We’re sending a shout-out to USAID’s Learning Team at the Democracy, Rights and Governance Center of Excellence, known as the DRG Center. Last week was the bi-annual Partners’ Forum in Washington, D.C., a convening of USAID’s community of designers, doers, evaluators, and thinkers who all work to support democracy, rights, and governance around the world.
I had the pleasure of helping USAID open the forum and shared three reasons why, in my view, this event succeeds in adding so much value to the DRG community time after time.
First, this forum brings together people who are willing to generously share some of their best thinking and their hard-won successes. Sharing is the norm at this event: individuals and organizations set aside their various agendas for the collective good.
I know my team has benefited over and over again from these Forums. In 2016, Counterpart was re-examining how to organize our own learning function. At the DRG Partners’ Forum that year, three other organizations generously shared their learning methods, which led us to completely rethink our approach. Their willingness to share with us changed our learning trajectory, which has since helped us strengthen our programs. In return, we look for ways to “pay it forward” by sharing our successes and failures with others at the Forum and beyond.
Second, this meeting is a platform for mutual support – to a community of practitioners scattered across over 80 countries. DRG work can be slow, with long lead times – sometimes decades! – before successes and with plenty of skirmishes along the way. In the midst of this, having a community of like-minded people who simply understand is invaluable. These two days act as a salve, and leave me every time with a stronger network of kindred professionals who can provide words of wisdom when they are most needed.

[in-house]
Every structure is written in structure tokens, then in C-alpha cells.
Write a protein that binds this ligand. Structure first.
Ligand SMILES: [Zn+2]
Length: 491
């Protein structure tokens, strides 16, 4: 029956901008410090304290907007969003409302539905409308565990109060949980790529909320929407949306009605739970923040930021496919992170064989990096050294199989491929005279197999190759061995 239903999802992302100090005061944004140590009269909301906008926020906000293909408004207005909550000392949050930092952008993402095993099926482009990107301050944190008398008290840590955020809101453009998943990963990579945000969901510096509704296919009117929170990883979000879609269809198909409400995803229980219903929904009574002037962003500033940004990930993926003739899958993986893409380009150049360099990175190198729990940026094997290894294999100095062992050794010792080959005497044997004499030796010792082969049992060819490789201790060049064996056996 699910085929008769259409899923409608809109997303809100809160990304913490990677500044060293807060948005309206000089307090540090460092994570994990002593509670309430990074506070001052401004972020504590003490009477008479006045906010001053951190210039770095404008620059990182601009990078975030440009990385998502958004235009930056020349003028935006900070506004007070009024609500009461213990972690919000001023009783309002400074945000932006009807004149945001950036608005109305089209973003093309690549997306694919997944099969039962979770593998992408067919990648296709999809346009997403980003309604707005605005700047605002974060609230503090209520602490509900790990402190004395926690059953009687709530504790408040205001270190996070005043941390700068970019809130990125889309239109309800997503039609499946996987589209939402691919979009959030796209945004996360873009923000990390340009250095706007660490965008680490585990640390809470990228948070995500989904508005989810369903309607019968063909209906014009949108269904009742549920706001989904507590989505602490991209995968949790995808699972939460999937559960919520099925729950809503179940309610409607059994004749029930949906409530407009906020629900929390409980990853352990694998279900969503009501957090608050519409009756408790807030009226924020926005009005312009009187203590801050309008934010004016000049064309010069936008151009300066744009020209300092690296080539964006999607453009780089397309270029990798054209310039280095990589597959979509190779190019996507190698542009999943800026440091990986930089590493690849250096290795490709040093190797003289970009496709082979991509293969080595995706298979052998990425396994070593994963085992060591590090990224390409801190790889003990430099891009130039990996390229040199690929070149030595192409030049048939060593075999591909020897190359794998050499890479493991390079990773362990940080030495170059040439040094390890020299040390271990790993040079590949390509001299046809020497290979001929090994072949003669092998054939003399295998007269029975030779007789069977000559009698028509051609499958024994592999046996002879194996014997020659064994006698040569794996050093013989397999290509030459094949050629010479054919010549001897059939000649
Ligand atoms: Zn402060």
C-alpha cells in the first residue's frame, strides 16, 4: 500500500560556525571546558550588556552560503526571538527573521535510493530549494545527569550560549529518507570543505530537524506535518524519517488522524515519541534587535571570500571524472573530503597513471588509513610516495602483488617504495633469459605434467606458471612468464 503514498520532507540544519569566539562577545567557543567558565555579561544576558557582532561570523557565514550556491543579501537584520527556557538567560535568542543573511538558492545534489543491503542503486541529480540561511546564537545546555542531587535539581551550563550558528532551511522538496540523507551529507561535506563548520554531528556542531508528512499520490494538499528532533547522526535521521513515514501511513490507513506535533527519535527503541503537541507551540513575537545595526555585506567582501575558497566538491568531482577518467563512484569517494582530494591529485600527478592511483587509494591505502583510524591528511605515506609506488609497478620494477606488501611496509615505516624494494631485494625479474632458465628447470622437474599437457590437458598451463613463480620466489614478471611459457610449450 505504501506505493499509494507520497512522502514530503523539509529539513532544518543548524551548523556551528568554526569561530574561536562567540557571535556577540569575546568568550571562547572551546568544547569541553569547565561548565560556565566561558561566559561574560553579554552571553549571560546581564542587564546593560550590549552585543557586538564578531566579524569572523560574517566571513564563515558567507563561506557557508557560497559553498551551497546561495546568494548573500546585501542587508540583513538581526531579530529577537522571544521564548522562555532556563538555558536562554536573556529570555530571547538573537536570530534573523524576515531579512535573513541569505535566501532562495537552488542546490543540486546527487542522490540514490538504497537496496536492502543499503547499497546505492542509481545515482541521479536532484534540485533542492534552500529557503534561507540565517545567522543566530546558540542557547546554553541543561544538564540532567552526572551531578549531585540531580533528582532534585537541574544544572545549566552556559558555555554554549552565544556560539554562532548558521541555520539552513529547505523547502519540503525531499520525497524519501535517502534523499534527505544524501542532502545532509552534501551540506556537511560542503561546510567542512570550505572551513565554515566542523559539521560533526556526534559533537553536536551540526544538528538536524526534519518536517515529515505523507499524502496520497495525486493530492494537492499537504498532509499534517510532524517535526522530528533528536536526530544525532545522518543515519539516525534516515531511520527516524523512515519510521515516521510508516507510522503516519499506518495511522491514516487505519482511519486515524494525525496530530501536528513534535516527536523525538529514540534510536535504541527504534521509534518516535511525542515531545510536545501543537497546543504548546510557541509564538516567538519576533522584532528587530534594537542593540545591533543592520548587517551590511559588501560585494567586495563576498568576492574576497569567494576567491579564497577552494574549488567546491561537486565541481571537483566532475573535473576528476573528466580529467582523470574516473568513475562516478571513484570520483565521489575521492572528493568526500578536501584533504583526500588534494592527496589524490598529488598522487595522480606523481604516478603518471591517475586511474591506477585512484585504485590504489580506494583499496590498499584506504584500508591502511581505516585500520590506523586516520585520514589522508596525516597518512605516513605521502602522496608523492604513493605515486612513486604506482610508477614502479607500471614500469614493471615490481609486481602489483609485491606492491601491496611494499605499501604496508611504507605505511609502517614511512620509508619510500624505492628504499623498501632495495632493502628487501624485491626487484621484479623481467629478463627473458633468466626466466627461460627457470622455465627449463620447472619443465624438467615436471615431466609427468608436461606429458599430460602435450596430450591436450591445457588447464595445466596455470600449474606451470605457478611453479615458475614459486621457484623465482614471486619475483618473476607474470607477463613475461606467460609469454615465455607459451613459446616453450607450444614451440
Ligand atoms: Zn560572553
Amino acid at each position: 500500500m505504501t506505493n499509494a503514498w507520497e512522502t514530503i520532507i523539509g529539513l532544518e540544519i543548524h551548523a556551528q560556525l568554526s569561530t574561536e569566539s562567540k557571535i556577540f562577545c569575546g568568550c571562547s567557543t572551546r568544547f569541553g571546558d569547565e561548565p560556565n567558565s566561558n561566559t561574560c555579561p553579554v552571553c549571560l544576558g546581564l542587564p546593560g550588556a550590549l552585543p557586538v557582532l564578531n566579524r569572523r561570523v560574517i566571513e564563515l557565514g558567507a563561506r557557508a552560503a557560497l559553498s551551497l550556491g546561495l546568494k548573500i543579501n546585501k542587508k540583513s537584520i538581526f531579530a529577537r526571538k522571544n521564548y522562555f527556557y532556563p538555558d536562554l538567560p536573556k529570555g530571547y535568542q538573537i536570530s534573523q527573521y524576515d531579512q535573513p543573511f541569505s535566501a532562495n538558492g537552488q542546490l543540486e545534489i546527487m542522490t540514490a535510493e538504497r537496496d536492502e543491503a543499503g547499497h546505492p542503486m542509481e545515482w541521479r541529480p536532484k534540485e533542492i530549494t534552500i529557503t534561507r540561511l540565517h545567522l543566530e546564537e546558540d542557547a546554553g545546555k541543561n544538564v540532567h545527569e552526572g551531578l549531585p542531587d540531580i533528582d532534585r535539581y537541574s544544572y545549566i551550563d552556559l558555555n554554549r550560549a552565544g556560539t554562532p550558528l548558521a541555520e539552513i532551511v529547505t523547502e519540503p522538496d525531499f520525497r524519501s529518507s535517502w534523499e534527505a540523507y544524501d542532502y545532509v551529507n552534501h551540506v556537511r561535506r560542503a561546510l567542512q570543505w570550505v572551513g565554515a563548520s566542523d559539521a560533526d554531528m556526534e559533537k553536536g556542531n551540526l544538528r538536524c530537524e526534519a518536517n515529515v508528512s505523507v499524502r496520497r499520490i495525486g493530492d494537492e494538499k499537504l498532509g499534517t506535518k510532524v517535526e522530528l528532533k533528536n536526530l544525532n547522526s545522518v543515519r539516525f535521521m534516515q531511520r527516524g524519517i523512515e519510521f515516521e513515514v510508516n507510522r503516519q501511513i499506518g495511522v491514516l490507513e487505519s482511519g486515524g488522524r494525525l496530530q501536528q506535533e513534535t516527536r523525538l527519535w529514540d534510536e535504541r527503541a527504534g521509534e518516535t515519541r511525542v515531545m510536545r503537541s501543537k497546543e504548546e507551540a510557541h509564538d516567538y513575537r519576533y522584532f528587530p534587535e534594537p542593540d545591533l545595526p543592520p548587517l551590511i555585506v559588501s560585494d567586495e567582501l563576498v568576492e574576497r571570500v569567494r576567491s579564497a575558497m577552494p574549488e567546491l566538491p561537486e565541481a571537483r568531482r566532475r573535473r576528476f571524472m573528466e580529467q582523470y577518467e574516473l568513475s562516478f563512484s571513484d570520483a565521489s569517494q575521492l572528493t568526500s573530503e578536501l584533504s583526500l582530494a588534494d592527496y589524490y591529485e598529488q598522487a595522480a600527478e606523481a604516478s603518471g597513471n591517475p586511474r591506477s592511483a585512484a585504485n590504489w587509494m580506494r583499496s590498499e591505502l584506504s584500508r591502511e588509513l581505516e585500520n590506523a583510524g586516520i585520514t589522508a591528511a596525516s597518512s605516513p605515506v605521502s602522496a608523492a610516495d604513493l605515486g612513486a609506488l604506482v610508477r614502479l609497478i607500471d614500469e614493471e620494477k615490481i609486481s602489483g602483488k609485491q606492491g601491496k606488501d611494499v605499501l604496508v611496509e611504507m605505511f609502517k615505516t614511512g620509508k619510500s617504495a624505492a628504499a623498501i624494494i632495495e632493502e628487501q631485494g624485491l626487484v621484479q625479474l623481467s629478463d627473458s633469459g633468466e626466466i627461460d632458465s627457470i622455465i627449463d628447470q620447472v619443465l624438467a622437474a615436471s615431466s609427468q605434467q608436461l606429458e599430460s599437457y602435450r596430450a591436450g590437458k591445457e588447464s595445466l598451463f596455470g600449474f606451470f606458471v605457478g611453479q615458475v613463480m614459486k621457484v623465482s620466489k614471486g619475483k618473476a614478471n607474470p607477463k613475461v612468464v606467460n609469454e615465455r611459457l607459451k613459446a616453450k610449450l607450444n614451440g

And third, this Forum always challenges us to question our assumptions and examine our collective DRG toolkit. Who would have thought, even five years ago, how effective and efficient authoritarian governments would become in shutting down civic space? The approaches we’ve used for a generation of DRG programs are showing their limits – especially in the face of disinformation and digital surveillance.
The goal is to enter this experimental space together – as full as it is of uncertainties and risks – so that together we can speed up the collective DRG learning curve.
Two years ago at this meeting, Counterpart and USAID described our first shaky steps toward creating six regional civil society innovation hubs. We’re still in experimentation stage today, but at least we can share what we’ve learned about supporting a Global South leadership team from behind. If they are successful, these regional platforms could provide an alternative source of support to civil society in the face of barriers to both national and international NGOs. And we need to keep colliding what we think we know with a diverse group of thinkers because this is new territory.
So that’s why I congratulate the DRG Center on a great meeting – two days in which we uncovered only the tip of what we need to work on over the next 24 months, delivered in a culture of generosity, mutual support, and humility. Now…back to work.